I well remember the amazement and horror with which, as a field social worker, I came across my first case of sexual abuse 20 years ago. Not only was there little help available from colleagues, but there was also a dearth of useful literature.
The position is now very different: sexual abuse of children is recognized to be quite common and it probably always has been. Moreover, in the developed world, the commonest form is abuse by someone known to a child.
Handbooks, research and procedural guides proliferate. These are complemented by personal accounts from those directly involved.
By and large they do not like the term "victim", and much prefer to call themselves "survivors". Survivor accounts make painful reading, but it is not difficult to empathise with them.
The Memory Bird is such a collection. It includes prose narratives and poems from a wide range of people, both men and women, who are all survivors of sexual abuse. Some of the texts are raw with emotion, some calm, articulate and poised. Literary merit is not, however, the issue with this kind of writing, but the authenticity that springs from personal experience.
But there is one point of view which most people are content to leave in darkness - that of the perpetrator.
Who wants to understand their view of their crime? This is what Colton and Vanstone have done.
In the first account of its kind I have come across, there are the views and experiences of perpetrators themselves.
This is a most professional piece of work. The authors each combine practical experience with academic work, and they have given proper consideration to all questions of confidentiality, consent and the nature of the material they discuss. There is no prurience.
They freely admit that their group of seven men is too small to be representative and is not typical of the pattern of sexual abuse. For example, they have no case of a man who has abused his daughter or stepdaughter.
What these seven men have in common is that they held positions of trust with children, some of them in senior posts. Two were teachers and one was a priest. While in prison, they were the subjects of a treatment programme run by the authors .
The bulk of the book consists of transcripts of their side of interviews - exploring their early life, their sexual development, their education and employment, how they perpetrated the abuse and the impact of the treatment programme.
As you follow these through you see how natural and inevitable the slide into abuse became and the devices they used to regard it as something else.
There are some themes in common including a poor relationship with their fathers and a tendency to find children easier to relate to than adults. They have all abused power and a position of trust. Macho cultures have had a corrupting effect on them.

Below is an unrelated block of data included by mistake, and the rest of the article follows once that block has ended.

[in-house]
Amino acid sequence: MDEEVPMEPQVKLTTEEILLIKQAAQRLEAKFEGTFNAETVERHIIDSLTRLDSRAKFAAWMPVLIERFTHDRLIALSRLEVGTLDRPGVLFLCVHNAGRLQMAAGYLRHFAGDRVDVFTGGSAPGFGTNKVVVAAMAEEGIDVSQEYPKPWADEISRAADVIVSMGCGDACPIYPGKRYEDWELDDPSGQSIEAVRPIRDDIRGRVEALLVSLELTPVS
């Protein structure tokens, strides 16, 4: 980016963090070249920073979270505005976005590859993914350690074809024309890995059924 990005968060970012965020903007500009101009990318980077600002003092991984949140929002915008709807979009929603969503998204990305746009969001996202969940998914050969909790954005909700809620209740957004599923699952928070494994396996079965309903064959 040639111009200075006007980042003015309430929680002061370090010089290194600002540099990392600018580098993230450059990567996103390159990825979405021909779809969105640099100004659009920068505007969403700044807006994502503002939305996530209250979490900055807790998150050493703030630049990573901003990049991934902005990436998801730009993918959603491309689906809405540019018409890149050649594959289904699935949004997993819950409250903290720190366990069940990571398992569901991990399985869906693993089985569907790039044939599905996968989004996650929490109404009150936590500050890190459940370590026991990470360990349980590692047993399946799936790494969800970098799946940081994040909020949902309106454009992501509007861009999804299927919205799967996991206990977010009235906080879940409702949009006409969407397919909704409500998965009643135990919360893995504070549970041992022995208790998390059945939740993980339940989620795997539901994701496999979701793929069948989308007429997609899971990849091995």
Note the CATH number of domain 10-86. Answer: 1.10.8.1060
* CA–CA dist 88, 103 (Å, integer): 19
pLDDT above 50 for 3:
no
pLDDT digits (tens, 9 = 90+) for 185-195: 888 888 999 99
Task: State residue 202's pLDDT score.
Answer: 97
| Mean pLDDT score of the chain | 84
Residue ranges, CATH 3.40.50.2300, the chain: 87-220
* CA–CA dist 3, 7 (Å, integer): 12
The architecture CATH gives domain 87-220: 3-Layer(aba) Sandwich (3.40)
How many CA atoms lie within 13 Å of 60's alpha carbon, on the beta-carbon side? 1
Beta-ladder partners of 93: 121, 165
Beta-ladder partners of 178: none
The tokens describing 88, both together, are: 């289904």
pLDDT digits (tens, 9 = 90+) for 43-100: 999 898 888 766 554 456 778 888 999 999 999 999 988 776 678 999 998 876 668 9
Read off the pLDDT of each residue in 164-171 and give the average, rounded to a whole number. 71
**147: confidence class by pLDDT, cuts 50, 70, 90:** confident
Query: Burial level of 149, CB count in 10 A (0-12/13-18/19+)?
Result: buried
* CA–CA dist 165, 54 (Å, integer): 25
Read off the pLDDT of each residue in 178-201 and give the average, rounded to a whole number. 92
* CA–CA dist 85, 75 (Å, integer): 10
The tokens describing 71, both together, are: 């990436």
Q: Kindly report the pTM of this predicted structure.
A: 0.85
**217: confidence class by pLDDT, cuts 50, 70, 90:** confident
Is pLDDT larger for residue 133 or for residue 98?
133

But what is both more striking and more disturbing is their basic ordinariness. The authors show great skill in bringing this out without in any way minimising or trivialising their offences and the result is far more compelling than the kind of account which demonises.
The other remarkable thing about these accounts is their honesty. As the authors point out, not all abusers are amoral, and guilt, remorse and a desire not to abuse are all part of the picture.
It becomes easier to understand their motivation if we see abusive behaviour as being like - indeed, being a form of - addiction, with the perpetrators going round a cycle of desire and indulgence that constantly repeats. They all have difficulty accepting - if they ever do accept - that a child cannot give a valid consent to sexual activity, which is what makes their behaviour abusive.
This means that the aims of treatment programmes have to be limited. Probably the best we can hope for is, as with alcoholics, that they stop abusing.
We cannot expect a fundamental personality change, particularly from mature adults with deeply entrenched behaviour patterns. But we cannot just ignore the issue. Even prison sentences come to an end.
Finally, the authors make some suggestions for improvement. Changes in prison regimes would help, as currently these do little to reduce the risk of reoffending.
Better awareness of warning signs by others and action on them is also needed. Police checks should be more widely available.
More controversial is the proposal for helplines for perpetrators, not as an alternative to prosecution but to support and encourage those who want to refrain from offending. These may not work, but no one seems yet to have tried them.